This post pertains to The Suns of Anarchy, which is book 3 of The Prince of Qorlec. And it pertains to a specific scene that happens early on in that book.
I felt like I should explain what happened between Quinn and Ckylar when Quinn “blossomed,” and what my intention was with it, and why it happened.
First, the entire scene where Quinn’s tentacles “drop” was supposed to be a subtle mockery of the idea that men are pigs who can’t control themselves, and so women should be held accountable for their own rape if they fail to cover up or — god help us — exist and be a woman at the same time.
Ckylar is a rape survivor and so he sees these big, Amazonian entirian women as ravenous beasts with no self-control who will rape him because they can’t help themselves. It’s crazy and it’s not true but it’s his view point after living in a world where he — a handsome, feminine man weaker than masculine entirian women — is constantly grabbed, groped, raped, and can’t walk five feet without someone making lewd comments about his genitalia.
Ckylar has endured an intensely, intensely sexist society for the duration of his life and still views women through his filter of terror and helplessness when he meets Quinn.
But Quinn had full control of what happened. She did that to Ckylar in the bath because she wanted to and wanted him. What baffled and confused her latter was why she wanted it so intensely. Which had to do with Ckylar being ordered to bathe Quinn and all this stuff in preparation for their marriage. She developed sexual feelings for him through her dreams, which was the general’s intention all along, so that they would eventually be comfortable making little heirs later.
This was never explored because most of the early chapters (the first three) are from Ckylar’s skewed perspective, and by the time I’m telling the story from Quinn’s perspective, what she did to Ckylar in the bath is something she’s not even thinking about it anymore. She becomes more focused on her studies and eventually having to train at Canas and wondering where her mother is.
To be honest, I wish I had elaborated Quinn’s perspective here. Not only to make it clear what the the joke was that was being utilized but to avoid having to explain this shit later to people who think I’m trying to say men are monsters who can’t control themselves.
The general is aware that Quinn and all entirian women are not monsters who can’t control their sexual urges, but because Ckylar is afraid — and because she loves him and wants to sooth him — General Miora allows Ckylar to give Quinn a drug that he thinks will control her “urges.” But there are no out-of-control urges to control. Quinn is not in danger of raping Ckylar. Lol. Like . . . at all. Ckylar is simply afraid because he’s been a victim all his life. The drug he gives to Quinn is a placebo that does nothing except maybe upset her stomach.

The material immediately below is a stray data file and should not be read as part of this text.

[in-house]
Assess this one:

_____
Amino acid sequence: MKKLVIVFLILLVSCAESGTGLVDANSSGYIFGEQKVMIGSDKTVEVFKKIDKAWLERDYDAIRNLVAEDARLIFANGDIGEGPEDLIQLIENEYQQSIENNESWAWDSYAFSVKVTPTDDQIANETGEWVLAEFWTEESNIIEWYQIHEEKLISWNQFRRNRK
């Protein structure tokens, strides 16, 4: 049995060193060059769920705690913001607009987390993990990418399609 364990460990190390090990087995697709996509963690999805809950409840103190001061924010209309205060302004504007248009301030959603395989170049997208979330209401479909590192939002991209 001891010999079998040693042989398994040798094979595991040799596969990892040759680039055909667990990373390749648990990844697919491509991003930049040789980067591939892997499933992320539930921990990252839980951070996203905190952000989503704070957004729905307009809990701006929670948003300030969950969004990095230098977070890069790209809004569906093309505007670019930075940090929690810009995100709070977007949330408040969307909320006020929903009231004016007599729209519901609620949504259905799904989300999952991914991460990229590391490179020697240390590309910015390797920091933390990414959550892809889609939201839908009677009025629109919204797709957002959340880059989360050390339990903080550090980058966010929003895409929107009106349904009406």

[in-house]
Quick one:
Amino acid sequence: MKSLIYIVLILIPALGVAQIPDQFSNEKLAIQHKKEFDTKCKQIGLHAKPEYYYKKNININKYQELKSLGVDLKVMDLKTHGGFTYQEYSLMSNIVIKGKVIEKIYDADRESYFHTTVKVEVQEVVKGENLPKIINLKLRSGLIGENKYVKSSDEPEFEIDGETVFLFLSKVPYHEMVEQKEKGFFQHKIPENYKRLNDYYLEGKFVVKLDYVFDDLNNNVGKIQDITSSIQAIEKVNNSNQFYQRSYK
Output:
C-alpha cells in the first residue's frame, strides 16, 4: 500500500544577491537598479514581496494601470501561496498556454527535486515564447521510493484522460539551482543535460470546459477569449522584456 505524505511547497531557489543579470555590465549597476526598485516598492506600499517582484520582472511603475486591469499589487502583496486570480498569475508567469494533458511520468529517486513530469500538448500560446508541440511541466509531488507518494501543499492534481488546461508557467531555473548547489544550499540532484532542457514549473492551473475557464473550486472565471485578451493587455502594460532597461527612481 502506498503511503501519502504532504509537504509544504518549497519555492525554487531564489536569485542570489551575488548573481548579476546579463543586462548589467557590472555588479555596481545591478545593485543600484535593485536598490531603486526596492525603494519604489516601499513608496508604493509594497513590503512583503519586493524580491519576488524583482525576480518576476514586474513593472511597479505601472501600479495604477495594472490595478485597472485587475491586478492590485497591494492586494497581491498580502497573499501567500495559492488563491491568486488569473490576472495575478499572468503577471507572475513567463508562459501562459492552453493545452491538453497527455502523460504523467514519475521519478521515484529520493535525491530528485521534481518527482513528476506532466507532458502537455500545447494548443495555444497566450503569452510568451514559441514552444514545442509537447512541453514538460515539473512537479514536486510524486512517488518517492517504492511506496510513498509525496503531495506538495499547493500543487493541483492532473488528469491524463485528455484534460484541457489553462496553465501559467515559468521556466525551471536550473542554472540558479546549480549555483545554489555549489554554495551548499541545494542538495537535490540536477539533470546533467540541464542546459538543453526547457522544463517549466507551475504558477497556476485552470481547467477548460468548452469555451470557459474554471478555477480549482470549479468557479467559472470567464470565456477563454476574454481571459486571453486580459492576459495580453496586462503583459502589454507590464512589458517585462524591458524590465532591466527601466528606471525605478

Sigh. I wish I had elaborated on this more, but at the time I was writing and revising it, it did not occur to me how badly it could be misinterpreted as something else entirely. I guess I could go back and add some things to Quinn’s POV chapters to clear this up, but I feel like that’s only something I will do if people make a big issue out of it and completely distort what is actually there.
I also worry that people will assume Ckylar is compliant in being used as a sex object by Quinn so she can fantasize about Thalcu. But Ckylar is using Quinn as much as she is using him. Had it made sense to do so, I would have written a POV chapter from Ckylar’s perspective explaining that he wanted more than anything in the world to be a father and was willing to let him Quinn use him to think about Thalcu just so he have more children. Only it wouldn’t have made sense to insert an aimless POV chapter for Ckylar post-marriage when Quinn was already telling us about their married life. I guess I could have done it just to make Ckylar’s point of view more clear, but it wasn’t necessary for this particular book. Not when there are three other books to do that with.
Basically, Ckylar loved being a father. Even if it meant making Quinn unhappy. Which was selfish on his part — just as Quinn using him to think about Thalcu was selfish on her part. This is an unhealthy arrangement between two people who didn’t even want the marriage to begin with but still have some kind of love and respect and support for each other at the end of the day.
Unlike the stuff about the bath, this is elaborated through Ckylar’s POV chapters in Light-year Lion. In book 4, it’s revealed that Ckylar feels guilty about trying to use Quinn to get children and maybe he’ll even realize that all entirian women aren’t ravenous beasts who can’t control themselves. Maybe.
I’m still organizing ideas and outlines. I’ve only written maybe two paragraphs of the fourth book and those might be scrapped.
Basically, the point of this post is, Quinn had full control of herself in that bath scene. She did what she did because she wanted to, and if Ckylar asked her not to again — which, you will note, he did not — she would have respected his wishes. I don’t recall him telling her to stop when they were in the bath. He let it happen — he even joined in by fingering her — because he wanted it to happen too and then felt guilty and embarrassed the next day.